Saturday, December 3, 2022

Game ranching activities halted over Foot and Mouth outbreak

Botswana’s Ministry of Environment and Tourism (MET) through the Department of Wildlife and National Parks (DWNP) recently announced the suspension on capture and distribution of animals for game ranching purposes.

The Ministry said the suspension is due to movement restriction imposed on cloven hoofed animals across the country. “The distribution of animals which commenced on the 20th of April 2022 has been halted due to suspected Foot and Mouth Disease (FMD) cases, as such, movement of cloven hoofed animal’s permits have been suspended until further notice.”

The statement said since April 2022 to date, the Department of Wildlife and National Parks has distributed a total of four hundred and sixteen (416) animals to sixty-seven (67) beneficiaries country wide.

“The exercise will therefore continue from 20th April 2023 to 30th August 2024 capture season. Until then, the Department of Wildlife and National Parks will continue to receive applications, assess farms for readiness to receive wildlife and monitor farmers who have already benefited from the programme.” Botswana recently introduced game farming as part of government’s citizen empowerment initiatives.

President Mokgweetsi Masisi announced on May 30, 2020 that his government would allow farmers in the country to keep small game on their farms to encourage locals’ participation in agro-tourism.

The guidelines state that interested individuals are expected to make an application to the Director of Wildlife and National Parks accompanied by a project proposal, documenting the intentions of the applicant. “Any Motswana with a field can apply for keeping of wild animals on their land. The person should provide the following; Certified copy of National Identity , certified copy of proof of property ownership/lease/ title deed, letter of consent, if borrowed, size of the land, description and coverage of vegetation in the field  and existing developments in the area if any (a sketch plan would do),”reads part of the guidelines.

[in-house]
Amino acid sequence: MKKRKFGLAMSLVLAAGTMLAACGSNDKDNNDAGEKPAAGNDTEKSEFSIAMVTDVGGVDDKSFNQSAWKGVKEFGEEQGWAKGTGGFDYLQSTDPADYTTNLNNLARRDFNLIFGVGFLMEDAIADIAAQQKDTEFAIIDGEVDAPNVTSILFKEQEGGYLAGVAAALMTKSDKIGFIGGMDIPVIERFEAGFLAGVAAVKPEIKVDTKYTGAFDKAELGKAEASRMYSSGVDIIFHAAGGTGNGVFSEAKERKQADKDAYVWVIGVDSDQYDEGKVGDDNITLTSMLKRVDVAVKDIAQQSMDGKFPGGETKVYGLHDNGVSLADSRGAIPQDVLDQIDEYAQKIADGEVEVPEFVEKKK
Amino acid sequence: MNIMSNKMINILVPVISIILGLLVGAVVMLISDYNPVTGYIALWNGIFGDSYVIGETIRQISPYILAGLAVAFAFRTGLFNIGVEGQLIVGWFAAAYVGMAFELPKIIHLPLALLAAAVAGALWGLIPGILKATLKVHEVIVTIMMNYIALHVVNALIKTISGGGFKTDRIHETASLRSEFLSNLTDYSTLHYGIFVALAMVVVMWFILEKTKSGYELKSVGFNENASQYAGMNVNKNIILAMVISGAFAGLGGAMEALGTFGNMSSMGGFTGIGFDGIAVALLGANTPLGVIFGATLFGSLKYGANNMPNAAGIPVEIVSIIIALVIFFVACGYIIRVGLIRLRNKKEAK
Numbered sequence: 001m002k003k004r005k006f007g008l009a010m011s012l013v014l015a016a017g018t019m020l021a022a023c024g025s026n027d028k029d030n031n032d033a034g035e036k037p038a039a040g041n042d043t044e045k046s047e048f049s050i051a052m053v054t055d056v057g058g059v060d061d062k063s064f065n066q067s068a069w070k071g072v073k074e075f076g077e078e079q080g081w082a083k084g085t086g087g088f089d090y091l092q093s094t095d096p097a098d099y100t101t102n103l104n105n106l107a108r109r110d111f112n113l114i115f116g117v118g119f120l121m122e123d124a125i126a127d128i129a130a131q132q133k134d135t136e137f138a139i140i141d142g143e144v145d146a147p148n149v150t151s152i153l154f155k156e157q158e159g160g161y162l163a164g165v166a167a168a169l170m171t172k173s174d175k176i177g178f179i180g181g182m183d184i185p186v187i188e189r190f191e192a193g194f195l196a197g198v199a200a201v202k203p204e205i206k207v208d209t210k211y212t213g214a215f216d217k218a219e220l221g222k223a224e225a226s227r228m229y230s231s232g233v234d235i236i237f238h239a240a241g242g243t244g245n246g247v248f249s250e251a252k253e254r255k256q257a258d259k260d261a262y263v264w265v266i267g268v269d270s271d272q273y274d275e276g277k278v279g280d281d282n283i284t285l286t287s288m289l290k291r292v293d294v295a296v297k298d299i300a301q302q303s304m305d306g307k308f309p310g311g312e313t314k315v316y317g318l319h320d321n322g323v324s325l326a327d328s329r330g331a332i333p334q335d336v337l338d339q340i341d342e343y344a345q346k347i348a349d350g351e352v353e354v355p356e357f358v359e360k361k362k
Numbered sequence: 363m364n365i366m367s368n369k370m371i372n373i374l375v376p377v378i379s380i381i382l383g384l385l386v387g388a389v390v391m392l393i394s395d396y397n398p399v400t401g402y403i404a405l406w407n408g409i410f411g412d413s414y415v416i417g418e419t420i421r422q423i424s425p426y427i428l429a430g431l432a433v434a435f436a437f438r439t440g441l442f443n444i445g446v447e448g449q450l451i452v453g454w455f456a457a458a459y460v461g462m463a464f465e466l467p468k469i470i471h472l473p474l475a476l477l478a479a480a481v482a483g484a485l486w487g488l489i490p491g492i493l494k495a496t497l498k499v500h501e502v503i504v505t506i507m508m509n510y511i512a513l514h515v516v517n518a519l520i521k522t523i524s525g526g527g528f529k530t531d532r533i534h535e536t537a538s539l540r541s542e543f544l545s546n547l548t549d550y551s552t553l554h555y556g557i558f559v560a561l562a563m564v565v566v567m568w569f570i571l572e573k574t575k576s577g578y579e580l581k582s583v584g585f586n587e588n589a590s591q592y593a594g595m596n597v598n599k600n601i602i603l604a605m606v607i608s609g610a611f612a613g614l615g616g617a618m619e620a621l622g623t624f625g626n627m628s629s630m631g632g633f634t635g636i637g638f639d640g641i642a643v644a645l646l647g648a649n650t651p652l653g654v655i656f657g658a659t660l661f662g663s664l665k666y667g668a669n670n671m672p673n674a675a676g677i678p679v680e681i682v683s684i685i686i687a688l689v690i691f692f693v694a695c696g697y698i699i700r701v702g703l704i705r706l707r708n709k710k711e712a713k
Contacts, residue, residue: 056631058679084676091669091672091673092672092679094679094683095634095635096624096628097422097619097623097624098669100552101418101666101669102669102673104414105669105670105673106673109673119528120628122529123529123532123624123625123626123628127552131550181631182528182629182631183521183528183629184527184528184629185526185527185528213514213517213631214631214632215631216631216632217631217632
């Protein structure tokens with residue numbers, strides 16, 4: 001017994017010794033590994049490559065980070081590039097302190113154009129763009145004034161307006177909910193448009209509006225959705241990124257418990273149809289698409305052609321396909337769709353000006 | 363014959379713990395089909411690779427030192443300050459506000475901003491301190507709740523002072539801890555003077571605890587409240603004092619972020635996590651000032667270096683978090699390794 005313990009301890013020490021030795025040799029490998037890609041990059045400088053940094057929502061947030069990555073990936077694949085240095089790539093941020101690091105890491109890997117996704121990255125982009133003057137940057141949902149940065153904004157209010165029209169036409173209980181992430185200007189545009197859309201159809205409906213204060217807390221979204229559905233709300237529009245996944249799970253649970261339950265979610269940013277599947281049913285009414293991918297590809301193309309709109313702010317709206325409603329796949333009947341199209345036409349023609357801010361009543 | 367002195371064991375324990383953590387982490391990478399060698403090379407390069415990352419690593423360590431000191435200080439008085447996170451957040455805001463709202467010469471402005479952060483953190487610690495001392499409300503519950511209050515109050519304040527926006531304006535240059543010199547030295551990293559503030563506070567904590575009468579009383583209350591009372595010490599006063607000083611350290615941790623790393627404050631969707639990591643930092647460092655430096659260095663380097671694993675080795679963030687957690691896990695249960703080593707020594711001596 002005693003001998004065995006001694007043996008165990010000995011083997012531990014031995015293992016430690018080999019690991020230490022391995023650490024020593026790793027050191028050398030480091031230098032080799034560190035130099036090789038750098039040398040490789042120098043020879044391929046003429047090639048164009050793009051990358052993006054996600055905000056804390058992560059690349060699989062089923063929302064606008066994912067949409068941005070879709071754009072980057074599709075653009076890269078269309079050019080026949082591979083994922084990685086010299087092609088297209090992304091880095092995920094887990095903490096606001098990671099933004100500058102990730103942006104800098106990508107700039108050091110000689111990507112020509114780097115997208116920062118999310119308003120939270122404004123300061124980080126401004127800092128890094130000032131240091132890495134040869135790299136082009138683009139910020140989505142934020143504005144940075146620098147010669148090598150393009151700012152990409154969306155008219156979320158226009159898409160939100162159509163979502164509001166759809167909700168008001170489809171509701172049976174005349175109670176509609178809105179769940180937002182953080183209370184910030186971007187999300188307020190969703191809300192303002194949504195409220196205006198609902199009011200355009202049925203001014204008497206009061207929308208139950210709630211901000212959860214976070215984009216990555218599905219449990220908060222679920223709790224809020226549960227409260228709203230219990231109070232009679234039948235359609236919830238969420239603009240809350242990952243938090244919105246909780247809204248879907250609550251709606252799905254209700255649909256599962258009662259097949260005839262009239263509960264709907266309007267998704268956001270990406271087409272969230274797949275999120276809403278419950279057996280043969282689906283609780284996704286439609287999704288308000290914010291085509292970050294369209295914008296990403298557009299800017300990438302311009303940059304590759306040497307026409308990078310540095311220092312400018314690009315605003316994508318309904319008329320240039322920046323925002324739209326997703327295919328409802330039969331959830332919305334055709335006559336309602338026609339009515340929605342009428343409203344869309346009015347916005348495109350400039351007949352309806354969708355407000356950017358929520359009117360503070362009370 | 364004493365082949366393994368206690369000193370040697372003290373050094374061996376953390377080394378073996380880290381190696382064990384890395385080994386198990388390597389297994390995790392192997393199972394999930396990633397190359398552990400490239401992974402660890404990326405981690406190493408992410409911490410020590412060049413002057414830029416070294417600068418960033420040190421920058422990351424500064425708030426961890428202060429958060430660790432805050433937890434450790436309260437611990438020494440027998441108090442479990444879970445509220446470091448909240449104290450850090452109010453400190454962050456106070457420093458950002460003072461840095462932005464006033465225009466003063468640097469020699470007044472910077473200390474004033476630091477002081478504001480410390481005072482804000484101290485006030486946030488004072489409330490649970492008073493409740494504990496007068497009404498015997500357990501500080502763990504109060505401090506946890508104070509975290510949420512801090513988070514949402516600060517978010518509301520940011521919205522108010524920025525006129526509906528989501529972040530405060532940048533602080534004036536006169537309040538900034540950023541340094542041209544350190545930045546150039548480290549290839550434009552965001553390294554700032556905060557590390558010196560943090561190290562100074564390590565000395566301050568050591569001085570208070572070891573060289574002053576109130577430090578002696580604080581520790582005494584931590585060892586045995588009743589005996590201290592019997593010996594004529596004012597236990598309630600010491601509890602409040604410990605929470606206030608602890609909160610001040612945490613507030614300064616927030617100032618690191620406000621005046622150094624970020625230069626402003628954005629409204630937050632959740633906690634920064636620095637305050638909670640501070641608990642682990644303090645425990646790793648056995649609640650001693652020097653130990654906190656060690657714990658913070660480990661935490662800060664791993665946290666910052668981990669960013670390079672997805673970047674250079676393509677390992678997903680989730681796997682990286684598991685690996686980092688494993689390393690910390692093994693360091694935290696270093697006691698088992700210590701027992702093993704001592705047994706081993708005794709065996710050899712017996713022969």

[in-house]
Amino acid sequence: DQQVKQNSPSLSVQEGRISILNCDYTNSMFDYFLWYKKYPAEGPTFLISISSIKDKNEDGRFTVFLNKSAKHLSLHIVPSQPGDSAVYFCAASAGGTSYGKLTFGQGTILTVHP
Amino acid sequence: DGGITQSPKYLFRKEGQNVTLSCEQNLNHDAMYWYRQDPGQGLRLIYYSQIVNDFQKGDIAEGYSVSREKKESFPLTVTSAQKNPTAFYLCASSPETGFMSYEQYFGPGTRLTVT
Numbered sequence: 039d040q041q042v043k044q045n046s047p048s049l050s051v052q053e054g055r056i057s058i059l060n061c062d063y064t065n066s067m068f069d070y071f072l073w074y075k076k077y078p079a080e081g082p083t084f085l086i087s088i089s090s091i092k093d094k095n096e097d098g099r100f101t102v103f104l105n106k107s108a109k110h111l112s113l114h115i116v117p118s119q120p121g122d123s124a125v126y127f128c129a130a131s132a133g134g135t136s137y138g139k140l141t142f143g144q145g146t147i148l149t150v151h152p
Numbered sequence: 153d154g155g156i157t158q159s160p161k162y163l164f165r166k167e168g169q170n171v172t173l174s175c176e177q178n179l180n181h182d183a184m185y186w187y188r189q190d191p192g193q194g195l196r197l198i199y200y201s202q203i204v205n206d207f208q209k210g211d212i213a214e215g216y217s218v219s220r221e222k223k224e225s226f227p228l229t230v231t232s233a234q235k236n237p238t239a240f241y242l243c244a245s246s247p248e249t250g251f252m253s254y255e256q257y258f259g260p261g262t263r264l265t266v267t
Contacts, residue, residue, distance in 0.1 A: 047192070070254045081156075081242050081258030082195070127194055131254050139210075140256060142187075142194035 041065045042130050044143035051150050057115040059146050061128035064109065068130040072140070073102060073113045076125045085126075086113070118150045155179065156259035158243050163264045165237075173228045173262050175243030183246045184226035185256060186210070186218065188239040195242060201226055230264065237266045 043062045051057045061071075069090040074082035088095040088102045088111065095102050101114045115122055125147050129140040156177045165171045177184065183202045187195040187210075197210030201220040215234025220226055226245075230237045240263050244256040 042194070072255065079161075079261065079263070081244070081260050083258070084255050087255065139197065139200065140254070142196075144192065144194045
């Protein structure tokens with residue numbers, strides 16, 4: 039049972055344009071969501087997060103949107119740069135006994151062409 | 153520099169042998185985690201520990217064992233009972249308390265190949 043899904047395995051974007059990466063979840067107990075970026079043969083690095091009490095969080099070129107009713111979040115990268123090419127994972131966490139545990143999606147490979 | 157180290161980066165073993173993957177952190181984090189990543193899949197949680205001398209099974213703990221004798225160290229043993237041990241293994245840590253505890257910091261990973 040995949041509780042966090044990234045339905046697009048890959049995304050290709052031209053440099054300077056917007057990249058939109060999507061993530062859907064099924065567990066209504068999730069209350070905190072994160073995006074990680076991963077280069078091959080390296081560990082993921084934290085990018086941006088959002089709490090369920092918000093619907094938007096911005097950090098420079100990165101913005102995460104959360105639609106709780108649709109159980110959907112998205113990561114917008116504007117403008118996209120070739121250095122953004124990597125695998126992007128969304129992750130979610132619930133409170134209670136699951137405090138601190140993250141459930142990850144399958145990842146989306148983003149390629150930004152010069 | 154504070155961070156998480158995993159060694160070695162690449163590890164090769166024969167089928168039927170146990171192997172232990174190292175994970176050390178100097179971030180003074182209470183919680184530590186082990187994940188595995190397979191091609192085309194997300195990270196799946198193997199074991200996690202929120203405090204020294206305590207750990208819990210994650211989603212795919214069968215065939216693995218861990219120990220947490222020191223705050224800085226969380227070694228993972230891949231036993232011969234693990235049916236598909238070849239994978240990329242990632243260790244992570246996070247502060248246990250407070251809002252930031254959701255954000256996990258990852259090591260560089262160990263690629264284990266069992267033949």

To start up the project one would stock up with the help of other existing ranches through donations, raffle if quota is available from the wild and government institutions if available.

There have been concerns from those opposed to the government’s new initiative that cases of wildlife poaching in Botswana could increase due to allowing game farming on land that has no security or fencing to control the movement of wild animals.

Farmer’s Weekly magazine quoted the director of PATH, a wildlife conservation organization in Botswana Dr. Pieter Kat, as having said the initiative might not benefit small farmers, and warning that it could encourage an increase in cases of poaching in the country due to a lack of fences.

Animals that jump, such as eland, needed to be contained by fences of up to 2,4m in height, the magazine wrote.

“For digging animals like warthog, fences need to be reinforced low down and even underground. No such requirements are listed for Botswana. Anyone with a large landholding can now come and collect their start-up wildlife stock,” Kat told the magazine. Transportation of animals from a collection site to a farm should be conducted by specialized personnel and vehicles but no such requirements are listed in the Botswana case, the PATH Director said. After a two year break Botswana confirmed an outbreak of FMD in the North East District (Zone 6b) on the August 24, 2022.  Countrywide movement restriction was imposed, including suspension of exports and other economic activities such as agriculture shows and animal auctions.  “While disease control measures in particular livestock product and movement restrictions have devastating impact on the economy, they are vital to controlling the outbreak and prevent its spread to other areas,” Botswana’s Assistant Minister of Agriculture Molebatsi Molebatsi said.

RELATED STORIES

Read this week's paper